2. What is the steady-state final probability of residing in each state, i.e., what is the distribution values of the leading eigenvector? (The leading eigenvector $\mathbf{v}_1$ should contain only real non-negative numbers which sum to 1, and whose associated eigenvalue should have a real value $\lambda_1 = 1$.) Thus, the steady-state distribution of 2 stochastic matrices $M_1$ and $M_2$ can be compared simply by considering the leading eigenvector $\mathbf{v}_1(M_1)$ and $\mathbf{v}_1(M_2)$ from each of the pair of stochastic matrices, and the 2 vectors compared as any 2 discrete distributions of length $n$, with for example the Kullback-Leibler (KL) divergence, etc. (Note that this is a comparison of just a pair of length $n$ vectors, in contrast to @krkeane answer which requires $n$ times comparisons of length $n$ pairs of vectors, corresponding to the complete $n \times n$ matrices.)
  3. How fast does the convergence to the steady-state final probabilities occur? I.e., the approximate dynamic behavior. This is typically the ratio of the magnitude of the $2^{nd}$-largest eigenvalue (which is typically complex valued) to the largest eigenvalue (the leading eigenvalue), which should have real value 1: $|\lambda_2|/|\lambda_1| = |\lambda_2|/1 = |\lambda_2|$. The smaller this ratio (actually simply the value of $|\lambda_2|$), the faster the convergence to steady-state. Thus, the 2 stochastic matrices $M_1$ and $M_2$ can be compared by comparing $|\lambda_2(M_1)|$ to $|\lambda_2(M_2)|$

Items 2 and 3 above give 2 comparison conditions, both of which should be passed in order for a pair of stochastic matrices to be considered "effectively equivalent" in terms of their steady-state and approximate dynamic behavior. Item 1 (replacing zeros with very small positive values) is a practical pre-processing for being able to apply items 2 and 3.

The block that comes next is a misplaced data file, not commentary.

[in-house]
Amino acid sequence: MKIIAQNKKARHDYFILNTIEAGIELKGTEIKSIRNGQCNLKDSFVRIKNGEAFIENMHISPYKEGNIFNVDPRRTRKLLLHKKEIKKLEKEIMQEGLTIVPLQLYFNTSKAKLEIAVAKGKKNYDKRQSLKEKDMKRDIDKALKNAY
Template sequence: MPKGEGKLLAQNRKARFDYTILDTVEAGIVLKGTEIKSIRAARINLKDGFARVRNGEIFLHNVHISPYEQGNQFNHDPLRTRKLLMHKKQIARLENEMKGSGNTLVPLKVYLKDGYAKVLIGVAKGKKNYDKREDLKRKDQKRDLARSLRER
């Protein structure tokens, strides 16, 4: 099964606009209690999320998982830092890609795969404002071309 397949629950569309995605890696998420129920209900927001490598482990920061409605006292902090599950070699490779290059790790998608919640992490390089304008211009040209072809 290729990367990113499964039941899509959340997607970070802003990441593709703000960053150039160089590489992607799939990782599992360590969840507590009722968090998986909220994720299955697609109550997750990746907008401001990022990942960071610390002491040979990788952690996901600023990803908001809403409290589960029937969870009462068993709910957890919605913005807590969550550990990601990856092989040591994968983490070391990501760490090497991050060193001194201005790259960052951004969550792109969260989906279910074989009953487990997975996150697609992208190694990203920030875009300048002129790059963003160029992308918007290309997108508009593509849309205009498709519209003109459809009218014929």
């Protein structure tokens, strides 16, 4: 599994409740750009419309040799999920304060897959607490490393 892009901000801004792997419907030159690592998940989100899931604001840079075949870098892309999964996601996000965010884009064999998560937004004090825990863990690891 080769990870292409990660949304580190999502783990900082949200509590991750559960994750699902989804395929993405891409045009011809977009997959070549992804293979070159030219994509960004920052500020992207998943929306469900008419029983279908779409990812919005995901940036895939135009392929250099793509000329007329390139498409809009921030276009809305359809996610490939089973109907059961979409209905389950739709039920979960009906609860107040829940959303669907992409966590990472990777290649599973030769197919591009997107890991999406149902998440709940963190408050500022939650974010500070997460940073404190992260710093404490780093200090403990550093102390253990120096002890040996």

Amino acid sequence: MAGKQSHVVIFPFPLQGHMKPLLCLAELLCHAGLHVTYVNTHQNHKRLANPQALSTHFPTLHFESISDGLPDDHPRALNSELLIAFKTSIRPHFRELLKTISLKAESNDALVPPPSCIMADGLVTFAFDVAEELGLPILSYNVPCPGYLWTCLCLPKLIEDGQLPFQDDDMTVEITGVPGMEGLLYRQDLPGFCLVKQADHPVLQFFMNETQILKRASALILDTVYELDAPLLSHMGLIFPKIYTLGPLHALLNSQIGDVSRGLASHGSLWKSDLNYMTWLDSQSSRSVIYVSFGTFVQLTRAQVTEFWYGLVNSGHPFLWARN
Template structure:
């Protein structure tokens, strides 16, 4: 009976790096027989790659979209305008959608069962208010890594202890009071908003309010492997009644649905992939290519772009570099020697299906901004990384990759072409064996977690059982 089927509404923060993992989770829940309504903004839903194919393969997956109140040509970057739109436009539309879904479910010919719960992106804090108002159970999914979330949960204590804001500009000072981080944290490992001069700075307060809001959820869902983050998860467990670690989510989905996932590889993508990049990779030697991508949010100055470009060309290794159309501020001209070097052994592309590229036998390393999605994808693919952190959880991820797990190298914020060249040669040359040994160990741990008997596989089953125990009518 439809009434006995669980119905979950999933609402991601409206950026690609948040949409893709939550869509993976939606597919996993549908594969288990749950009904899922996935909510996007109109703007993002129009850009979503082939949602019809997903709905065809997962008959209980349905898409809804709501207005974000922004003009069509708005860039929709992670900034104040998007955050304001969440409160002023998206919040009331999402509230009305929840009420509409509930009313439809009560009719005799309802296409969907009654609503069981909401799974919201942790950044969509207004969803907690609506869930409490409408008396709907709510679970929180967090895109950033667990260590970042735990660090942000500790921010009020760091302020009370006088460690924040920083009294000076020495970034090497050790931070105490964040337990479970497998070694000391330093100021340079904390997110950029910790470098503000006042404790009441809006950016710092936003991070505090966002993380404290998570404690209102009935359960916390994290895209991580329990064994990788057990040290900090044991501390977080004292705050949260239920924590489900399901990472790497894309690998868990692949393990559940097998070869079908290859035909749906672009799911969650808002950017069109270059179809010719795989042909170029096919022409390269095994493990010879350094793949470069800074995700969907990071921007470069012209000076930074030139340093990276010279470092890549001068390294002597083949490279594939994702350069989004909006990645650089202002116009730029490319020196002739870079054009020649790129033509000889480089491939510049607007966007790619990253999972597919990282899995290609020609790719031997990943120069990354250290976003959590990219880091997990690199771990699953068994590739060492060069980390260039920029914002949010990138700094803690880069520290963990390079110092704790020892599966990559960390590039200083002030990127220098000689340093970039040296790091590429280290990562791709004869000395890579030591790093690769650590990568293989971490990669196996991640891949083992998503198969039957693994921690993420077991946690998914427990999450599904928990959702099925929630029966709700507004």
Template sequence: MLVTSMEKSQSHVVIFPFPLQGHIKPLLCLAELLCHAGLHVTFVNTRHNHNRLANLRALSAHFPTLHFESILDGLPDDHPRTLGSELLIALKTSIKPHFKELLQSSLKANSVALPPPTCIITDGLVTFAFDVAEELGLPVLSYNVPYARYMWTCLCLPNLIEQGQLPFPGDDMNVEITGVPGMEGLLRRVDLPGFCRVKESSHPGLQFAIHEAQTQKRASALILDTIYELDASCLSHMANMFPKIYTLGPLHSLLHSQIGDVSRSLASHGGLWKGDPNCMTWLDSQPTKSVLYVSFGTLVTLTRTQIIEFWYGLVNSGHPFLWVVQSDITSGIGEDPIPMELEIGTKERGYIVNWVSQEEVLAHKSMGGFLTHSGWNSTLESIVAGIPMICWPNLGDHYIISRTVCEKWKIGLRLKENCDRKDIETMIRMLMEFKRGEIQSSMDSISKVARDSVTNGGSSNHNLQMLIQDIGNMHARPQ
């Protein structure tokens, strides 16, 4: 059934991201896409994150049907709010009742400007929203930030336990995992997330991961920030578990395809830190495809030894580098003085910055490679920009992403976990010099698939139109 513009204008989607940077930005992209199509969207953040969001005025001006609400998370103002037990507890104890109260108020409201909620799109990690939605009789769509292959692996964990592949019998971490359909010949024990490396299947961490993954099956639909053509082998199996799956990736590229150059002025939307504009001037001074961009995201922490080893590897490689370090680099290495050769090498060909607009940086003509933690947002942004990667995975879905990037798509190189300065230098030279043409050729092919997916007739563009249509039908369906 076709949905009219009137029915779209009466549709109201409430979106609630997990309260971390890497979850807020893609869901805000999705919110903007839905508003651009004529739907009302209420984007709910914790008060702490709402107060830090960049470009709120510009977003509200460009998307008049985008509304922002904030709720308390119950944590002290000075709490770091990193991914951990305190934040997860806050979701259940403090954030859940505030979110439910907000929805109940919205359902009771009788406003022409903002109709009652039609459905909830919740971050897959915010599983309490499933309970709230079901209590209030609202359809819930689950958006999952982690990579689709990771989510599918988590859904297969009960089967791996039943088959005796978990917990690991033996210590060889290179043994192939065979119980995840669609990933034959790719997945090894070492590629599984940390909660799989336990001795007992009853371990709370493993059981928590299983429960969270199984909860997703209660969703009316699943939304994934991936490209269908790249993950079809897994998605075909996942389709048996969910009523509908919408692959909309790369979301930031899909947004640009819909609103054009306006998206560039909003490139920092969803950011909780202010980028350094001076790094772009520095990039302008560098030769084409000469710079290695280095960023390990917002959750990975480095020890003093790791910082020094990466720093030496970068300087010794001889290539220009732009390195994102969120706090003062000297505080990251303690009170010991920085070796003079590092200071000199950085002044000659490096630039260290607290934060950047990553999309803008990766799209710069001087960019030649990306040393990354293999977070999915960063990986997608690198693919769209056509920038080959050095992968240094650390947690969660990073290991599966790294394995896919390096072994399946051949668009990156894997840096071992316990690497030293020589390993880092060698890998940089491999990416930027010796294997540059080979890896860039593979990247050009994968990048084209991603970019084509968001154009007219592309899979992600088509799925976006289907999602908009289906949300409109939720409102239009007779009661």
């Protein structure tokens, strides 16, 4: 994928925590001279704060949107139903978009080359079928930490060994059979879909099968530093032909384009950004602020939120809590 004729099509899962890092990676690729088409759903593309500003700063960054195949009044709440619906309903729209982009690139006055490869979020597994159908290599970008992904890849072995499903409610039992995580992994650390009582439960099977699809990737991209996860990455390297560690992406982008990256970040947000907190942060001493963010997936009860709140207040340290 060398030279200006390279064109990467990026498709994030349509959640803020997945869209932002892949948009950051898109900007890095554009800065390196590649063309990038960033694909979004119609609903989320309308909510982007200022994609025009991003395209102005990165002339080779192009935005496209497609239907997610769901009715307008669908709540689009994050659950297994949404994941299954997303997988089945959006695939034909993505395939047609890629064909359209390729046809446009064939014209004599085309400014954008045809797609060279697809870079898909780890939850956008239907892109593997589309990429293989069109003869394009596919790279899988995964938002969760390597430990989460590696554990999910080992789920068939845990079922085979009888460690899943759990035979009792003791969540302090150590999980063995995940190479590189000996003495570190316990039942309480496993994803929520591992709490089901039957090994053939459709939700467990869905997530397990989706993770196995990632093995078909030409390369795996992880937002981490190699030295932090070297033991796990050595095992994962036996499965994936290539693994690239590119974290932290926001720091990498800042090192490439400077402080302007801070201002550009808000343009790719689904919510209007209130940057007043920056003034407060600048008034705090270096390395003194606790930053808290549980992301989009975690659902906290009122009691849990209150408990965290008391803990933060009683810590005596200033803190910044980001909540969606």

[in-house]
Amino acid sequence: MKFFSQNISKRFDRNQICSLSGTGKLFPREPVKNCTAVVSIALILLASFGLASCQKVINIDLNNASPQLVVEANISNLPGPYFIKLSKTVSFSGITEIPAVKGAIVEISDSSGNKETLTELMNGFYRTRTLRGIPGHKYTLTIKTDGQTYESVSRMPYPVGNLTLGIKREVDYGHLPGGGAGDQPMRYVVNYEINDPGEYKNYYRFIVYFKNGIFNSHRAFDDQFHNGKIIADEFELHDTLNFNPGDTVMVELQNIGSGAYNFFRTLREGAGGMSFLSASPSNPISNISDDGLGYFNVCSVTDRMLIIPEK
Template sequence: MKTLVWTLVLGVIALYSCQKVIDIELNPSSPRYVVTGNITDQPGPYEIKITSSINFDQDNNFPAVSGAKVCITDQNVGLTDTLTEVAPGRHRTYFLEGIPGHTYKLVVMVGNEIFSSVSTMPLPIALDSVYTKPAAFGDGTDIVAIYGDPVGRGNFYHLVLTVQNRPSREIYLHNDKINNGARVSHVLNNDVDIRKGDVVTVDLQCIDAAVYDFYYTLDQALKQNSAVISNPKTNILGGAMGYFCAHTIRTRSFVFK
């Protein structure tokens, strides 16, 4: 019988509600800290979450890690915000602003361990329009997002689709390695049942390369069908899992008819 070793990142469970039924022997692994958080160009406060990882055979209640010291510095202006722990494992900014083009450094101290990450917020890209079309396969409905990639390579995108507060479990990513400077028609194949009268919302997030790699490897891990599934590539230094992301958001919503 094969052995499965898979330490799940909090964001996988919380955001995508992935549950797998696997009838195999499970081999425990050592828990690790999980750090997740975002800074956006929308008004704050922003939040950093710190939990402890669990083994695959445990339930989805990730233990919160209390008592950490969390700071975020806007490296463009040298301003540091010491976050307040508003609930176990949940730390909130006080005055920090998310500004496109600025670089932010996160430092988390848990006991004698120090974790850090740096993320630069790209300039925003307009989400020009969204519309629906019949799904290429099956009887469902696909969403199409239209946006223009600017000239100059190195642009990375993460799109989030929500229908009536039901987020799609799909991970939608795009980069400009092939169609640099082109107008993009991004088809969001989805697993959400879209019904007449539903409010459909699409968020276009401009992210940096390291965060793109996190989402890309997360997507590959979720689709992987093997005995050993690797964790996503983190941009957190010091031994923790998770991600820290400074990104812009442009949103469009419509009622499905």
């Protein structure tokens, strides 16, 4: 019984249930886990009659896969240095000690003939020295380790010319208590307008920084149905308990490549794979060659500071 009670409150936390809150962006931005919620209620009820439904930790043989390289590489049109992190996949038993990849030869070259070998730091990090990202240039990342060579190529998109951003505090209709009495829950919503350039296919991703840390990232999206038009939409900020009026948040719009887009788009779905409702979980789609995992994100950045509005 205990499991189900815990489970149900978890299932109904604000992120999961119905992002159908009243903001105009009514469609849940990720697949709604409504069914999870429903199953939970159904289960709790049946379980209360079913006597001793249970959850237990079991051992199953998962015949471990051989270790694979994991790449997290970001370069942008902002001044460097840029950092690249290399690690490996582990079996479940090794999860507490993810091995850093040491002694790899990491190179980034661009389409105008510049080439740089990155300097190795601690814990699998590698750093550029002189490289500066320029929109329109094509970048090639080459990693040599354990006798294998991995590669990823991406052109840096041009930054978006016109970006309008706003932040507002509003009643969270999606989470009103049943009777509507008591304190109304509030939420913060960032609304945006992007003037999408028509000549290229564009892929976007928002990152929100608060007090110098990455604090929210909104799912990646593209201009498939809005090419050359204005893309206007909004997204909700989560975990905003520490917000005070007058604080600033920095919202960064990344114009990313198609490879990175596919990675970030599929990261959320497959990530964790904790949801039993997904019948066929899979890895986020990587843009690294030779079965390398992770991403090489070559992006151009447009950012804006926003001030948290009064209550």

Note: Typical convention for a Stochastic matrix is that each of its rows sum to 1. Therefore, the leading eigenvector $\mathbf{v}_1$ mentioned in item 2 is the row eigenvector more commonly known as left eigenvector. However, typical numerical analysis libraries customarily compute the right eigenvector(s), i.e., column eigenvectors. Therefore, in order to use a library which computes the right eigenvector(s), it's simply required to input to it the transpose $M^T$ of the stochastic matrix $M$. Of course, $M^T$ has columns which sum to 1, instead of rows.

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The empirical state transition matrices may be thought of as a collection of (row) histograms of a counting process given an initial state. You could compare the histograms using Kullback-Leibler divergence for the Dirichlet distribution. The row divergences could be combined using estimated state probabilities. This aggregate metric would allow you to rank the similarity of mating dances.


Edit: after further thought, just vectorize the transition count matrices, and do a single KL-divergence computation. Sample MATLAB code is available here for function KL_dirichlet().

Zeros will remain "problematic" without a prior for each matrix. To resolve this, add pseudocounts to your observed counts, for instance add $\frac{1}{m \times n}$ to each element of a state transition matrix of size $m \times n$. Hopefully you are okay with a Bayesian framework.


the diagonal is all zeroes

Given this constraint (apparently $m=n$), omit the diagonal elements from the vectorized representation of the observed state transition (count) matrices. No sense modeling and comparing the probability of something that can't happen.

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    $\begingroup$ Related is the G-test, which is a comparison of the KL-divergence between the observations and and a (estimated) model. $\endgroup$ Apr 19, 2023 at 7:12